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Hi I am trying to send data(1 byte) from one arduino to another using parallel communication(a bus of 8 connections) and not using any library. However, the problem is the data gets corrupt all the time and what I am supposed to receive at receiver arduino is not what I send. The protocol that I made up is similar to uart protocol. There is ES pin and when it is low, transmission is started and when it is high, the transmission is ended. I think the problem could be related to wires that I use to connect two arduinos. There could be some noise induced that could flip bits in wires or the code is problematic. I am posting my code. Maybe you can help me get through this and help me to resolve my problem.

Sender code:

#define ES 8 //enable sampling
#define B0 0 //Bus 0
#define B1 1
#define B2 2
#define B3 3
#define B4 4
#define B5 5
#define B6 6
#define B7 7
const char dataToBeSent = 'C';
bool data_bit;

void setup() {
  pinMode(ES,OUTPUT);
  pinMode(B0,OUTPUT);
  pinMode(B1,OUTPUT);
  pinMode(B2,OUTPUT);
  pinMode(B3,OUTPUT);
  pinMode(B4,OUTPUT);
  pinMode(B5,OUTPUT);
  pinMode(B6,OUTPUT);
  pinMode(B7,OUTPUT);
  digitalWrite(ES,HIGH);
  delay(3000);
} 
void loop() {
  
 digitalWrite(ES,LOW); //transmission is started
 delay(10);

 for(int i = 0 ; i<8 ; i++){
    data_bit = dataToBeSent & (0x80 >> i);
    digitalWrite(i,data_bit);
 }
  delay(10);
  digitalWrite(ES,HIGH); //end transmission
  while(true){}
}

Receiver code:

#define ES 8 //enable sampling
#define B0 0 //Bus 0
#define B1 1
#define B2 2
#define B3 3
#define B4 4
#define B5 5
#define B6 6
#define B7 7

char rx_data;
byte rx_byte= 0;
bool rx_pin;

void setup() {
  Serial.begin(9600);
  pinMode(ES,INPUT);
  pinMode(B0,INPUT);
  pinMode(B1,INPUT);
  pinMode(B2,INPUT);
  pinMode(B3,INPUT);
  pinMode(B4,INPUT);
  pinMode(B5,INPUT);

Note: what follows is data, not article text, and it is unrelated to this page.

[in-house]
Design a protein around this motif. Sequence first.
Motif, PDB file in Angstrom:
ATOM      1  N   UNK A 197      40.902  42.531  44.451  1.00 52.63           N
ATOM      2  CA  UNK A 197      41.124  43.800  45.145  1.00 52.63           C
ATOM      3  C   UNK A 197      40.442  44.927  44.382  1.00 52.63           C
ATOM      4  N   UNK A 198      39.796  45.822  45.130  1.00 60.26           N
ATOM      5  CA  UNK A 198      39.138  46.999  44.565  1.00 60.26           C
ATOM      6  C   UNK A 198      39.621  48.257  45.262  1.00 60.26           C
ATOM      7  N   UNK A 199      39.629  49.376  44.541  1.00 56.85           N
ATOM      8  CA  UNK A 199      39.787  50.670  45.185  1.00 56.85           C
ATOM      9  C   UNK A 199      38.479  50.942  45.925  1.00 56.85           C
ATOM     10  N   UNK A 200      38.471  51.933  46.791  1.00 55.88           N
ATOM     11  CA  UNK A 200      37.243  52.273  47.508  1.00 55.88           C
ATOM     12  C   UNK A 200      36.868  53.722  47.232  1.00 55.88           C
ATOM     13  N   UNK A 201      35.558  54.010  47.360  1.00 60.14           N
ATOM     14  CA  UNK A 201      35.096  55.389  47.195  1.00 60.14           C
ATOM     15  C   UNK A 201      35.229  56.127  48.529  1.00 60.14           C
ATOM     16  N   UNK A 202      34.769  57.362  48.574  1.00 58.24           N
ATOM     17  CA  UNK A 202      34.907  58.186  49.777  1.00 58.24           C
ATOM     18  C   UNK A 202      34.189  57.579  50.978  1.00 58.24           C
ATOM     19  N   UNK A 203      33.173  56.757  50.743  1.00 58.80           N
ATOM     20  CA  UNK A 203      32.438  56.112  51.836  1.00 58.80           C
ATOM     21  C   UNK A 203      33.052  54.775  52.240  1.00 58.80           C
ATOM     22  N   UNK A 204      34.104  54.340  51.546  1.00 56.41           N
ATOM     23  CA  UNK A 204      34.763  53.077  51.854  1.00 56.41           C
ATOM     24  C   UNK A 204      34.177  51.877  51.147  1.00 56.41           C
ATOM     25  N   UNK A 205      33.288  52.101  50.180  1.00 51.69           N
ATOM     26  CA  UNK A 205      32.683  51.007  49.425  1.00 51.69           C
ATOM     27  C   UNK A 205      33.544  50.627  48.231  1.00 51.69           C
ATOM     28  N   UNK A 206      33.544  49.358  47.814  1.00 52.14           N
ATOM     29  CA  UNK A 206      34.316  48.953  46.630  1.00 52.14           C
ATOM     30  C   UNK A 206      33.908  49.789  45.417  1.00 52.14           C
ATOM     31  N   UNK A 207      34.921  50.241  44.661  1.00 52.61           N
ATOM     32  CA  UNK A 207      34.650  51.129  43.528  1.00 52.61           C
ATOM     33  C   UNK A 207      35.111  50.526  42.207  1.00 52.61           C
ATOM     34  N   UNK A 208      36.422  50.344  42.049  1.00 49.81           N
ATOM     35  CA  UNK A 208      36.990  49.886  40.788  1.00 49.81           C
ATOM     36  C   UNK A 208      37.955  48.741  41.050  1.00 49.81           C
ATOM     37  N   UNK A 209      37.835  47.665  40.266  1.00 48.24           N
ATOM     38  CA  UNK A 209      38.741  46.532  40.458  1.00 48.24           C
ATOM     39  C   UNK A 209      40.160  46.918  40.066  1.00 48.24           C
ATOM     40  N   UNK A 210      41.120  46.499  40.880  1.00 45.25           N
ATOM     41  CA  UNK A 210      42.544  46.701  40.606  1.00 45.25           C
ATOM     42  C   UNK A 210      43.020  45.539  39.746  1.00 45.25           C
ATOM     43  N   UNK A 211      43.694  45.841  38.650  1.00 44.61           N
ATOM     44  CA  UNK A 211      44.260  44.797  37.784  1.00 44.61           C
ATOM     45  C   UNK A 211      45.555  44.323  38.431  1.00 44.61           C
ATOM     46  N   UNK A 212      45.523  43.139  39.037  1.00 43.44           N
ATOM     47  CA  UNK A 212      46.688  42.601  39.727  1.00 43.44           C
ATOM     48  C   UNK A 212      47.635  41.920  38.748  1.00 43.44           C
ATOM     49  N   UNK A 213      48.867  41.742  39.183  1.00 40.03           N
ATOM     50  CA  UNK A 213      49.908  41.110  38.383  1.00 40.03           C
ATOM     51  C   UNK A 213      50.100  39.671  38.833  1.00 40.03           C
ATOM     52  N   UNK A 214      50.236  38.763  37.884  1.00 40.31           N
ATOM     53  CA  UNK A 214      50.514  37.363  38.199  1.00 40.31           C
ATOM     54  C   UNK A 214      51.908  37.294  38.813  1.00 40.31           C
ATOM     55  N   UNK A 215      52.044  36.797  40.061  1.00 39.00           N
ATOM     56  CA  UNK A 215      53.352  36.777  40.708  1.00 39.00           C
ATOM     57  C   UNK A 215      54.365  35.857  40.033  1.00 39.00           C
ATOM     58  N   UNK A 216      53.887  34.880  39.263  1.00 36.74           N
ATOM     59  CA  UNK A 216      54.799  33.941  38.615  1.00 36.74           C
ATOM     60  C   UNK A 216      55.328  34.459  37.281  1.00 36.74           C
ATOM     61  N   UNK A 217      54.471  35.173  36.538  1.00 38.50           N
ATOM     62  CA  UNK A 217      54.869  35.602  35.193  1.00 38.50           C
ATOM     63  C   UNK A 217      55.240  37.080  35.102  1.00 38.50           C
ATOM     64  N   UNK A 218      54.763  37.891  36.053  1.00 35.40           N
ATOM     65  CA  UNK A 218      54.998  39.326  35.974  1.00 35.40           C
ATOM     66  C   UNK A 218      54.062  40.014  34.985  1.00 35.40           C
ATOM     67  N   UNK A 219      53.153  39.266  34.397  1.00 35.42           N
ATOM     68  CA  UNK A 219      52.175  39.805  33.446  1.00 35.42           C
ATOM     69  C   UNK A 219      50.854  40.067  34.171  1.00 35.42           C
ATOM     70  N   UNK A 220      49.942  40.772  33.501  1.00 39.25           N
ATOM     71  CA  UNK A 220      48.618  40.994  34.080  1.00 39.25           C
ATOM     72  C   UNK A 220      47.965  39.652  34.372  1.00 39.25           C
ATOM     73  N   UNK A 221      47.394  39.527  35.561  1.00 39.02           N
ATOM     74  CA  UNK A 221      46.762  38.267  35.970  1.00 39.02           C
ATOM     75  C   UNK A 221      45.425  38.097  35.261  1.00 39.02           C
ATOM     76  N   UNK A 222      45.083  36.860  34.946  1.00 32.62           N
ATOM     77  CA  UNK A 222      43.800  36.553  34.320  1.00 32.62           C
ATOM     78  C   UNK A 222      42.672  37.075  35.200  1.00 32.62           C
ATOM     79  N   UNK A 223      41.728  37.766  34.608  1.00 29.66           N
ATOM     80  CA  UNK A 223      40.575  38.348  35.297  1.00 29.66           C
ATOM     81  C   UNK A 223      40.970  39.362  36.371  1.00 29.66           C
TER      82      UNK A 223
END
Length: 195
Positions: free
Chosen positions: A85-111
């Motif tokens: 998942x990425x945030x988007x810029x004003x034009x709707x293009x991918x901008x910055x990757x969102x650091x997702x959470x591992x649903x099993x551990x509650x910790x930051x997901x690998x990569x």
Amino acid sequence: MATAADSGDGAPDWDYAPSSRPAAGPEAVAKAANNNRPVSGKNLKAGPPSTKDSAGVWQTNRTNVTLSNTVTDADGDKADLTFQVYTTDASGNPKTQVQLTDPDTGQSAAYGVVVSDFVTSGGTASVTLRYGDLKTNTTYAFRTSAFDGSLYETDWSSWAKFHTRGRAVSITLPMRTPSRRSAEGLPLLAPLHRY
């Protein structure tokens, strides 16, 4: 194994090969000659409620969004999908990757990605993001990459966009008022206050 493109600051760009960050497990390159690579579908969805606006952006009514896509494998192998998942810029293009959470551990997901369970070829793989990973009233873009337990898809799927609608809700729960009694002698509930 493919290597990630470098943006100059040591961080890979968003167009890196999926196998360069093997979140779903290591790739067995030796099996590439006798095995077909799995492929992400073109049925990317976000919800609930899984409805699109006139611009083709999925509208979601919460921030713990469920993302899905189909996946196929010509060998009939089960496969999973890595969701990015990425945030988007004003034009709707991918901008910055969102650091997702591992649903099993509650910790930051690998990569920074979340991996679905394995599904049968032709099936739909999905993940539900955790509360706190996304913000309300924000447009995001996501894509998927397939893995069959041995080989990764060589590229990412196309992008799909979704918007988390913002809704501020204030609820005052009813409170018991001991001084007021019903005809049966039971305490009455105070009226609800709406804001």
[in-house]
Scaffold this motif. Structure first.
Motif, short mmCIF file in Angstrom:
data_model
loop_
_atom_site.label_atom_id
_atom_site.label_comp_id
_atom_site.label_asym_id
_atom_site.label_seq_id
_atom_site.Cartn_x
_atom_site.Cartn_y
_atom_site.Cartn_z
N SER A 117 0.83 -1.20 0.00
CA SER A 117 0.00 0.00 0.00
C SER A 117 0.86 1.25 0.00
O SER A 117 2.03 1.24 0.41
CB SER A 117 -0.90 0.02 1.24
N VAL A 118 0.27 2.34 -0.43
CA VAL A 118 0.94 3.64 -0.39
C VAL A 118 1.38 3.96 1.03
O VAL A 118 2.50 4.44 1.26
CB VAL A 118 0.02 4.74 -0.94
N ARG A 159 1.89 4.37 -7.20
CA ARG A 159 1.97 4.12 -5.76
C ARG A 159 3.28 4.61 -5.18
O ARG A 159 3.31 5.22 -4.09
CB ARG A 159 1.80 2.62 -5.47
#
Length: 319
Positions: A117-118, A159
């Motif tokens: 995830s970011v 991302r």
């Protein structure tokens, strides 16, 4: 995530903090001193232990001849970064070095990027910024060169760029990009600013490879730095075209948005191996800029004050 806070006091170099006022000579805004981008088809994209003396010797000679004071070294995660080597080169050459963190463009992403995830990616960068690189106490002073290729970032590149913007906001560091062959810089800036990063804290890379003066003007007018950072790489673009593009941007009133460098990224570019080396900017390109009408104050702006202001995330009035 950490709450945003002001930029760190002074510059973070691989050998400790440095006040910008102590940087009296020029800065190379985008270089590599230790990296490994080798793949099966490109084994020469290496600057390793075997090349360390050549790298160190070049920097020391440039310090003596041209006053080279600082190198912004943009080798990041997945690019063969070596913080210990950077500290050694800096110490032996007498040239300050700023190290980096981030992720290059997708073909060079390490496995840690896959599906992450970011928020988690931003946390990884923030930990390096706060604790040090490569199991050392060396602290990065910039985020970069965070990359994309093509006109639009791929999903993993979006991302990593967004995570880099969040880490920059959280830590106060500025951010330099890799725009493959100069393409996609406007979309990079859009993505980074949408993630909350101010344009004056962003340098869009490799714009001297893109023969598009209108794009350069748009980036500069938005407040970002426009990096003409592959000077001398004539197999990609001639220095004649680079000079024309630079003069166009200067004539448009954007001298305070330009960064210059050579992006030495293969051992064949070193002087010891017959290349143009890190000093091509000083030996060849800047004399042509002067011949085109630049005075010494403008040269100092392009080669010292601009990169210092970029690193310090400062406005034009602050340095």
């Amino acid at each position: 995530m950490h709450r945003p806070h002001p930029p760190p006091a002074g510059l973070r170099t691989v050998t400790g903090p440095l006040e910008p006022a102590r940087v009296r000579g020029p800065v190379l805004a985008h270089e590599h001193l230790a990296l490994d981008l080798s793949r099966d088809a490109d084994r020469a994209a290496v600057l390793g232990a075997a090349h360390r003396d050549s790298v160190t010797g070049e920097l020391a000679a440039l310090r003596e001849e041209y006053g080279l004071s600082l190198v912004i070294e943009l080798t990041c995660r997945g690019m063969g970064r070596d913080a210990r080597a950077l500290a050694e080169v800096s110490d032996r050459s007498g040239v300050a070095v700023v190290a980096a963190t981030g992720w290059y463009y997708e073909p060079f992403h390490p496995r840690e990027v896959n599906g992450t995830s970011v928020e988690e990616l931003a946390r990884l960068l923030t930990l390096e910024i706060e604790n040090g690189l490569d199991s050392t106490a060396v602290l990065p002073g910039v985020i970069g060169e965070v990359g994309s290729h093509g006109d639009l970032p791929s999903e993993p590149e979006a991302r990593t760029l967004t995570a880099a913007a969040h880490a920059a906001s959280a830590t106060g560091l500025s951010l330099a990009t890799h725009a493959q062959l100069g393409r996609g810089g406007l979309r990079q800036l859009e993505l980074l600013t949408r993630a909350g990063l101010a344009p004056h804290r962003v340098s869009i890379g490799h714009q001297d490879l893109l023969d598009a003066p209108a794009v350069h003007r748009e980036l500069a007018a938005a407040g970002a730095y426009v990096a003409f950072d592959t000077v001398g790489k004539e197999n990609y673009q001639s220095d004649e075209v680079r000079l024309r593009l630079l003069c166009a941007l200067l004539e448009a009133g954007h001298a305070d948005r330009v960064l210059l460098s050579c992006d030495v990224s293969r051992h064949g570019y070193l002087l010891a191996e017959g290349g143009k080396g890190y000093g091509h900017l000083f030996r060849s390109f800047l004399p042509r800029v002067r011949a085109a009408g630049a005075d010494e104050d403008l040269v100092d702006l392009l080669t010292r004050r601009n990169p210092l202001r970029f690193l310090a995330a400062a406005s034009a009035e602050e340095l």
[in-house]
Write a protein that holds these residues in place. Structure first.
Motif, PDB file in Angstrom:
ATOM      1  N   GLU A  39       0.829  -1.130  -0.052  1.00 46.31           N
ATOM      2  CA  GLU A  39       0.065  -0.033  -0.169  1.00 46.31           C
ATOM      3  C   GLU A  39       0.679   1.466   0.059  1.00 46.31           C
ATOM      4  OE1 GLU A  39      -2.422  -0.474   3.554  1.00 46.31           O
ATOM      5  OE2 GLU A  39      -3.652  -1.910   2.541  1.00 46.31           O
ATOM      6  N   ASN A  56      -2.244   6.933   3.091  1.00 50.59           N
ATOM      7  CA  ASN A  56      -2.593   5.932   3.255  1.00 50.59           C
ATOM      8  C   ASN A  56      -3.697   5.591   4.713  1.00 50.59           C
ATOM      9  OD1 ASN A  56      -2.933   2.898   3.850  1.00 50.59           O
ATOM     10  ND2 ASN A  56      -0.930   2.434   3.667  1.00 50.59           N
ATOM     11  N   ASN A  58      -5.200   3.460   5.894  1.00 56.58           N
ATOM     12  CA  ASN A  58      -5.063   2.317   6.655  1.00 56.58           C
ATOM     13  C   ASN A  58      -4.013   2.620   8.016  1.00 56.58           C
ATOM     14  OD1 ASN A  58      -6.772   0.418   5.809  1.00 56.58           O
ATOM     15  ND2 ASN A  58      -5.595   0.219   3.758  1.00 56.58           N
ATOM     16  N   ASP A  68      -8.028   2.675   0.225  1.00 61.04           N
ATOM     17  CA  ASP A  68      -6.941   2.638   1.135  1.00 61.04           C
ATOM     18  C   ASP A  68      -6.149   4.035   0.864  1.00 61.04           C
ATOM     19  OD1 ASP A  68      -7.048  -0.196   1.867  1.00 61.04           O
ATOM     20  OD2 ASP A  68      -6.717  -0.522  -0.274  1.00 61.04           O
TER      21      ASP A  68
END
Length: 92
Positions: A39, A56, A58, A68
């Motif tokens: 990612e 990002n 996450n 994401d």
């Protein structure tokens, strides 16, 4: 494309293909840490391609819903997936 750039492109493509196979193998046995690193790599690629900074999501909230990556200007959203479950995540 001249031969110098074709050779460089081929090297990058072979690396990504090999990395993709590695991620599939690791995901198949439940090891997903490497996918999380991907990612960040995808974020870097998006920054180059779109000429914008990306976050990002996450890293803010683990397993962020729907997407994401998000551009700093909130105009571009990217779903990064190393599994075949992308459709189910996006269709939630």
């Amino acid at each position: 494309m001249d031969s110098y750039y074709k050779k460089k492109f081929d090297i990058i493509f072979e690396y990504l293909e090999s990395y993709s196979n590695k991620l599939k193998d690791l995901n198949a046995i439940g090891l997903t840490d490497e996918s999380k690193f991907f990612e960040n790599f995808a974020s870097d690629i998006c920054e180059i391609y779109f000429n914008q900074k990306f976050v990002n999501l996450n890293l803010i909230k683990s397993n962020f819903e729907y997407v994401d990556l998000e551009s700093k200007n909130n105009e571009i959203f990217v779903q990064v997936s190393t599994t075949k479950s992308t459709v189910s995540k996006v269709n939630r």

pinMode(B6,INPUT);
  pinMode(B7,INPUT);
  delay(1000);

}

void loop() {
  
  byte rx_byte= 0;
  
  while(digitalRead(ES) == HIGH){}
  delay(15);

  for(int i = 0 ; i<8 ; i++){
    rx_pin = digitalRead(i);
    Serial.print(rx_pin);
    if(rx_pin == 1){
      rx_byte |= (0x80 >> i);
    }
  }
 
 rx_data = rx_byte ;

 Serial.print("Received data: ");
 Serial.println(rx_data);

 delay(15);

 while(digitalRead(ES)== HIGH){}
 
}
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  • pins 0 and 1 are Serial on some Arduinos. if you would use pins of one port you could write the data at once
    – Juraj
    Sep 2 '20 at 14:01
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You problem is that you are only using one phase of your "ES" clock, when in fact you should be using two.

In the first phase, where ES is high, is where you set the IO pins to represent your transmitted byte. Only once that is done can you then progress to the second phase, where ES is low, to indicate to the receiver that "I have set up my outputs, it's now time for you to read them".

So your transmitted code would flow like:

  1. Set ES HIGH
  2. Set output pins to represent the byte
  3. Set ES LOW
  4. Delay
  5. Set ES HIGH

If you look at any timing diagrams for any protocol there will be places where the data is being written to the bus, and places where the data is considered stable and able to be read by the receiver. It's the job of the clock signal to indicate where these points in the protocol - to synchronise the receiver.

For example, here is the Centronics (parallel port) protocol:

enter image description here

The data changes while nStrobe is HIGH, and only when that data is "settled" is nStrobe brought LOW to tell the receiver it can read the data. Once nStrobe is taken HIGH again the data is changed to the next byte to transmit.

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  • thanks a lot I will give a try
    – EEstudent
    Sep 2 '20 at 15:38

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